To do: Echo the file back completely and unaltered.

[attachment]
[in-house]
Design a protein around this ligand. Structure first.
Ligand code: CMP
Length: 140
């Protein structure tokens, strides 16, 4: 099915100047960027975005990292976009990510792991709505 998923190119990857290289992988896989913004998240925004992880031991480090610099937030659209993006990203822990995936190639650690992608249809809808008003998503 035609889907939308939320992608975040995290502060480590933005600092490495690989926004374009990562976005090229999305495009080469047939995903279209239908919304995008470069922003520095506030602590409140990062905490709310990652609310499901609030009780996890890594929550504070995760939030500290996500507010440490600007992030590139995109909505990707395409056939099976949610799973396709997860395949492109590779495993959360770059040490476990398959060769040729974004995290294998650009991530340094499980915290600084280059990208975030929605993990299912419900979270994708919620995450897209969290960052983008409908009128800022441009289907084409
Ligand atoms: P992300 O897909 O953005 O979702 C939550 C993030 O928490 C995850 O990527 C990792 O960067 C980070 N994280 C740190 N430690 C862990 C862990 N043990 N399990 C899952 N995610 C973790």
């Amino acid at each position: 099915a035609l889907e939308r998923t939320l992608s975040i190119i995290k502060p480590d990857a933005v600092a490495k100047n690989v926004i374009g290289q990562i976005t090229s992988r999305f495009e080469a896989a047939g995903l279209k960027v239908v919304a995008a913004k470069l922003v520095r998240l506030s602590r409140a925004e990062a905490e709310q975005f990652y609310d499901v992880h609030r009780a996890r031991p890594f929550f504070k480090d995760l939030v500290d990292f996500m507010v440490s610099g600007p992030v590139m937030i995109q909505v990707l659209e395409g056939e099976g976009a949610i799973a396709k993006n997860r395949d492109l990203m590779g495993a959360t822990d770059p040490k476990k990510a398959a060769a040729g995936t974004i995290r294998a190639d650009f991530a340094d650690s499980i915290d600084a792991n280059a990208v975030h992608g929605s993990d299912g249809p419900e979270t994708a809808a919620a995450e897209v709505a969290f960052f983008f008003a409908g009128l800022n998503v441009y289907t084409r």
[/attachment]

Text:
[in-house]
Design a protein around this ligand. Structure first.
Ligand code: CMP
Length: 140
């Protein structure tokens, strides 16, 4: 099915100047960027975005990292976009990510792991709505 998923190119990857290289992988896989913004998240925004992880031991480090610099937030659209993006990203822990995936190639650690992608249809809808008003998503 035609889907939308939320992608975040995290502060480590933005600092490495690989926004374009990562976005090229999305495009080469047939995903279209239908919304995008470069922003520095506030602590409140990062905490709310990652609310499901609030009780996890890594929550504070995760939030500290996500507010440490600007992030590139995109909505990707395409056939099976949610799973396709997860395949492109590779495993959360770059040490476990398959060769040729974004995290294998650009991530340094499980915290600084280059990208975030929605993990299912419900979270994708919620995450897209969290960052983008409908009128800022441009289907084409
Ligand atoms: P992300 O897909 O953005 O979702 C939550 C993030 O928490 C995850 O990527 C990792 O960067 C980070 N994280 C740190 N430690 C862990 C862990 N043990 N399990 C899952 N995610 C973790």
């Amino acid at each position: 099915a035609l889907e939308r998923t939320l992608s975040i190119i995290k502060p480590d990857a933005v600092a490495k100047n690989v926004i374009g290289q990562i976005t090229s992988r999305f495009e080469a896989a047939g995903l279209k960027v239908v919304a995008a913004k470069l922003v520095r998240l506030s602590r409140a925004e990062a905490e709310q975005f990652y609310d499901v992880h609030r009780a996890r031991p890594f929550f504070k480090d995760l939030v500290d990292f996500m507010v440490s610099g600007p992030v590139m937030i995109q909505v990707l659209e395409g056939e099976g976009a949610i799973a396709k993006n997860r395949d492109l990203m590779g495993a959360t822990d770059p040490k476990k990510a398959a060769a040729g995936t974004i995290r294998a190639d650009f991530a340094d650690s499980i915290d600084a792991n280059a990208v975030h992608g929605s993990d299912g249809p419900e979270t994708a809808a919620a995450e897209v709505a969290f960052f983008f008003a409908g009128l800022n998503v441009y289907t084409r």